An affected bird may have one or all of these symptoms, depending on how much lead was ingested and where the lead is distributed to in the body.
As lead toxicity can cause serious health issues and even death in birds, it is important to contact your nearest avian veterinarian if you notice any of these symptoms at home.
Zinc is also commonly found in the environment, particularly to treat iron cages and wire in the process known as galvanization. Zinc is most toxic in newly galvanized materials, and thus has been nicknamed “New-wire disease” in birds.
The symptoms of zinc toxicity vary considerably with some affected birds showing gastrointestinal signs like regurgitation and vomiting, others will drink more often than they used to. These are only a few of the signs to watch out for as the symptoms can vary a lot. Zinc can also cause significant inflammation to the pancreas (causing pancreatitis), which leads to very painful, lethargic-looking birds.
Polytetrafluoroethylene (PTFE) – Non-stick cooking pans
PTFE is a common compound used to coat the surface of cookware to make them ‘non-stick’ and is also sometimes used in modern self-cleaning ovens. It is very common in households, and unfortunately, is an acute and fatal toxin to birds when overheated. It causes rapid changes to the respiratory system and can lead to death. The best way to avoid PTFE toxicity in birds is to use PTFE alternatives, such as silicone or ceramics, as often affected birds die in minutes, well before they reach their closest veterinarian.
It is not yet known which component of avocadoes is toxic to birds, but it can cause acute toxicity and even death in affected birds. Avocadoes can cause changes to the heart that can lead to lethargy, excess fluid in the skin (oedema) coughing and difficulty breathing.
Onion and Garlic
It is often not widely known amongst bird owners that onion and garlic can be toxic to birds. Very small amounts of these foods are not generally toxic, but there are reports that a ¼ of a garlic clove can be fatal to parrots. Onion and garlic cause oxidative damage to tissues, which leases to destruction of red blood cells and secondary injury to the kidneys. Some birds will also develop changes to their heart. Overall, birds that develop toxicity from ingestion garlic and onions will present as weak and lethargic, and will need supportive care by your local veterinarian to try to prevent long-term damage.
Do you have an amphibian? Lots of information here :)01/14/2018So you have an amphibian... What is an amphibian? Amphibians are classed into three orders: The Anura, which includes frogs and toads The Caudata, which includes salamanders and newts And the Gymnophiona, which includes caecilians (limbless, worm-like creatures) All three of these groups are characterised by being reliant on water and ectot...
So you have an amphibian…
What is an amphibian?
Amphibians are classed into three orders:
- The Anura, which includes frogs and toads
- The Caudata, which includes salamanders and newts
- And the Gymnophiona, which includes caecilians (limbless, worm-like creatures)
All three of these groups are characterised by being reliant on water and ectothermic (‘cold-blooded’), and unfortunately, approximately 40% of all amphibians are in direct danger of extinction.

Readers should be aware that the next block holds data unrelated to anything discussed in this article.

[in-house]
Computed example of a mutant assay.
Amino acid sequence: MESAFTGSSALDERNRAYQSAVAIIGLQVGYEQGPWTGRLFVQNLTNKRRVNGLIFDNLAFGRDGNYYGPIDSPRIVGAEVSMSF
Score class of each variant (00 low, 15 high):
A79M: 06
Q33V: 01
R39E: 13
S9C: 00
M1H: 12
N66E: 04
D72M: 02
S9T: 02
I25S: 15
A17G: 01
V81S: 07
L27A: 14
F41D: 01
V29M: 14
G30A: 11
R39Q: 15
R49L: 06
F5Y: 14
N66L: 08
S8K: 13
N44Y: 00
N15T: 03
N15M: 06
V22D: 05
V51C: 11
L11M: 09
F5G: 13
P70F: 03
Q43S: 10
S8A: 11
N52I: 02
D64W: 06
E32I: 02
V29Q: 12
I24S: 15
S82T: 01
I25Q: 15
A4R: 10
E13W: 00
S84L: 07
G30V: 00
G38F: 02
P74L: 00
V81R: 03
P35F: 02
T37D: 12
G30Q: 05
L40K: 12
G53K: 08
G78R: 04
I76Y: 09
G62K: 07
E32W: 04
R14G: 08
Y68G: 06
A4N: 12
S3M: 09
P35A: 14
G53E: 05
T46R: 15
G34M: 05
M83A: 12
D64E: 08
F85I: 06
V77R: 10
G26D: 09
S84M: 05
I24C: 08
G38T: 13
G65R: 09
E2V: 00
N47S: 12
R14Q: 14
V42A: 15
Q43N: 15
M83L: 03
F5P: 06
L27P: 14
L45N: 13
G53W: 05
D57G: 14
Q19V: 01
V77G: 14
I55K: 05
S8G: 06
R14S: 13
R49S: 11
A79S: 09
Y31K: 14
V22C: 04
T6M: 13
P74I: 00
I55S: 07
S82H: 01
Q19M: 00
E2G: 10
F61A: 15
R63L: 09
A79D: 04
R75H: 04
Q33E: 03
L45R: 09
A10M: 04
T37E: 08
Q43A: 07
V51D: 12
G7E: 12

What makes amphibians different to mammals?
|Mammals are fairly recent additions
to the evolutionary chain
|Amphibians are an ancient group of animals on the evolutionary chain|
|Endothermic (warm blooded)||Ectothermic (cold blooded)|
|Have haired skin||Have bare and moist skin|
|Can adapt to every continent/ environment||Are restricted to moist environments|
|Have four-chambered hearts||Have three-chambered hearts as well as additional ‘lymph’ hearts|
|Rely largely on their lungs for respiration||Some can breathe through their skin, gills, lungs and via a ‘buccopharyngeal’ route|
|Have kidneys that can conserve water when they are dehydrated||Have a limited ability to conserve water and rely on a constant water supply|
What type of amphibians do we see at The Unusual Pet Vets?
At the Unusual Pet Vets we see two types of amphibians: frogs and axolotls. The most common frog species we see are the Australian green tree frog and occasionally motorbike frogs. Both can make good pets, but are not great as ‘starter’ or first time pets, as they have very specific husbandry requirements.
The species of frogs seen at The Unusual Pet Vets are primarily nocturnal,
which allows them to avoid the hottest, driest times of day. Some of the frogs,
such as the green tree frog are long lived, reaching up to 20 years of
age and up to 14cm in length.
An essential part of keeping frogs is understanding their dietary requirements. Both adults and juveniles are insectivores and eat a range of live insects in the wild. Appropriate insects include crickets, cockroaches, earthworms, silkworms, slugs, moths, mealworms and wax worms. Care must be taken with mealworms and wax worm portions however, as these insects are very high in fat and overfeeding can lead to significant health problems.
Most insects should be treated with calcium via gut-loading and/or dusting prior to being fed. This is to prevent against nutritional diseases such as metabolic bone disease which results from chronically low calcium diets. This condition is very common in captive frogs.
Feeding of rodents and mince meats should generally be avoided in tree frogs (or only given occasionally), as these animals cope poorly with high protein diets and can develop kidney disease.